Rhabdomyolysis - Causes | Symptoms | Diagnosis | Treatment
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Rhabdomyolysis - Causes, Symptoms, Diagnosis and Treatment

Published on Feb 21, 2020 and last reviewed on Dec 09, 2022   -  5 min read


Kidney damage due to excess of myoglobin released from skeletal muscle breakdown is rhabdomyolosis. In this article, we unfolded the causes, symptoms, investigations, treatment, prognosis and complications of rhabdomyolysis.

Rhabdomyolysis - Causes, Symptoms, Diagnosis and Treatment

What Is Rhabdomyolysis?

Rhabdomyolysis is a condition that results in the rapid breakdown of skeletal muscle, which results in the leakage of a muscle protein (myoglobin) into the blood and urine. The skeletal muscle helps in the movement of joints. Myoglobin stores oxygen in the muscles. Too much myoglobin in the blood causes kidney damage. Various causes can result in this condition. Rhabdomyolysis results in muscle pain and weakness.

In the US, around 26,000 cases are reported every year. The treatment includes IV fluids and dialysis or hemofiltration if kidney functioning has been affected. Some medications can also result in rhabdomyolysis due to muscle. The levels of muscle enzymes, CPK (creatinine phosphokinase), SGOT (serum glutamic oxaloacetic transaminase), SGPT (serum glutamic pyruvic transaminase), and LDH (lactate dehydrogenase) are elevated in these patients. Severe cases might need hospitalization.

What Causes Rhabdomyolysis?

This condition is triggered by an injury, which can be physical, genetic, or chemical, to the muscles. Any condition or medication that damages the muscles can result in rhabdomyolysis. The following are some of the possible causes:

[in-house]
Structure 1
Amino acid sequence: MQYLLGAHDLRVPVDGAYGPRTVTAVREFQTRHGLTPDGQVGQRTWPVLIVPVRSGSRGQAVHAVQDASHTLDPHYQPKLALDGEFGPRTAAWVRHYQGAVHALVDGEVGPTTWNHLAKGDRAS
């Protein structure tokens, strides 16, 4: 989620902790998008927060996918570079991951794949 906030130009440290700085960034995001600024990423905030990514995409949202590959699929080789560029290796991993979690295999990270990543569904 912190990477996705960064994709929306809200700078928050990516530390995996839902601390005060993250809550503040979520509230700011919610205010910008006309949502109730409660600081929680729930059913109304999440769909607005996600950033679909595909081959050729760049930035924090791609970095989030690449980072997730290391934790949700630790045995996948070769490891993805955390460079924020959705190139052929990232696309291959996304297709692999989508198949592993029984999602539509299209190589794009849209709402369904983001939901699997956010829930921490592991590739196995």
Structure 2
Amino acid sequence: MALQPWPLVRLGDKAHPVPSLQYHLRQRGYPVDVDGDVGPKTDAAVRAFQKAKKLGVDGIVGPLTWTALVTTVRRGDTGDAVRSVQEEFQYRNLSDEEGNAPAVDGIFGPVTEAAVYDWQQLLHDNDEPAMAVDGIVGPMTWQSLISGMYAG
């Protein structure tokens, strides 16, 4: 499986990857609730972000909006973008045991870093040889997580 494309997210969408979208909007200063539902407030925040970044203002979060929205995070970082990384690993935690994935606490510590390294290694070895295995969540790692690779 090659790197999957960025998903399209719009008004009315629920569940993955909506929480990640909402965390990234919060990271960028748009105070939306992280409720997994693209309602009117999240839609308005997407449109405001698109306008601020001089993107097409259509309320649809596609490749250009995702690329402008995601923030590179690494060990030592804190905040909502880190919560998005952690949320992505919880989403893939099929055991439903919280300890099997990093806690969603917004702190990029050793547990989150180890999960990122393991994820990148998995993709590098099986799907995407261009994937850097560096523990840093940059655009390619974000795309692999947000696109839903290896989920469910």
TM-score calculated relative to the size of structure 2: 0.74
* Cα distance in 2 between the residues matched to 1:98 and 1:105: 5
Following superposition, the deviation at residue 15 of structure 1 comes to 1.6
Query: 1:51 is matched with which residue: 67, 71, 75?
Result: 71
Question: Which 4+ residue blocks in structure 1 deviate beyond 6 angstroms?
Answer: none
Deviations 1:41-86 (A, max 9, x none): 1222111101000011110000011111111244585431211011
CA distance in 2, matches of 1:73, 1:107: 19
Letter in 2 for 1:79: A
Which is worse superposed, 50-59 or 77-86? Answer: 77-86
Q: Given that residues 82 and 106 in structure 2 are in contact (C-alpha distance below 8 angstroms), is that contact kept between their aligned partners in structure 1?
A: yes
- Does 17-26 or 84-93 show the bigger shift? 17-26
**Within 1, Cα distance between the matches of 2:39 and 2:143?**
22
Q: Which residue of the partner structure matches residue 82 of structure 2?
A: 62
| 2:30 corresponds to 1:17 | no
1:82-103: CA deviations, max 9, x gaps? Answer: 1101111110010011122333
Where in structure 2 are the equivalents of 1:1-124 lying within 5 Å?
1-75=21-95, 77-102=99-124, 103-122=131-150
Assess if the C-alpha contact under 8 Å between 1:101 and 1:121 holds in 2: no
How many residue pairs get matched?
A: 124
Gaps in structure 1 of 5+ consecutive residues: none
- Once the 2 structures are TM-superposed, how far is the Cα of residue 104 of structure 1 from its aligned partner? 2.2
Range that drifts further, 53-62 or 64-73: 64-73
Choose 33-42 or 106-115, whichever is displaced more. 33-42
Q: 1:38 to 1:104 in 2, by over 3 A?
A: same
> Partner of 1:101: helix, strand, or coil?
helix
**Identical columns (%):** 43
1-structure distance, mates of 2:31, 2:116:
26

Injury and Exertion -

  • Crush injury (something heavy falls on a person).

  • Heatstroke.

  • Severe burn injury.

  • Blood vessel blockage.

  • Getting struck by lightning.

  • Severe shivering.

  • An injury that cuts of blood supply to a part of the body (ischemic limb injury).

  • Muscle exertion.

  • Car accident.

  • Running a marathon or intense exercise.

Infections -

Metabolic Conditions -

  • Problems with the metabolism of lipids, fats, carbohydrates, or purines (present in liver, asparagus, fatty fishes).

  • Diabetic ketoacidosis (buildup of ketones).

  • Hypothyroidism (low levels of thyroid hormones).

  • Electrolyte imbalances.

Genetic Conditions -

  • Carnitine deficiency.

  • Duchenne muscular dystrophy.

  • McArdle’s disease.

  • Lactate dehydrogenase deficiency.

Medications -

  • Statins (Atorvastatin, Rosuvastatin, Pravastatin).

  • Cyclosporine.

  • Erythromycin.

  • Colchicine.

  • Amphetamines.

  • Ecstasy.

  • Cocaine.

  • LSD (Lysergic acid diethylamide).

  • Alcoholism.

Toxins -

  • Insect venom.

  • Mold.

  • Carbon monoxide.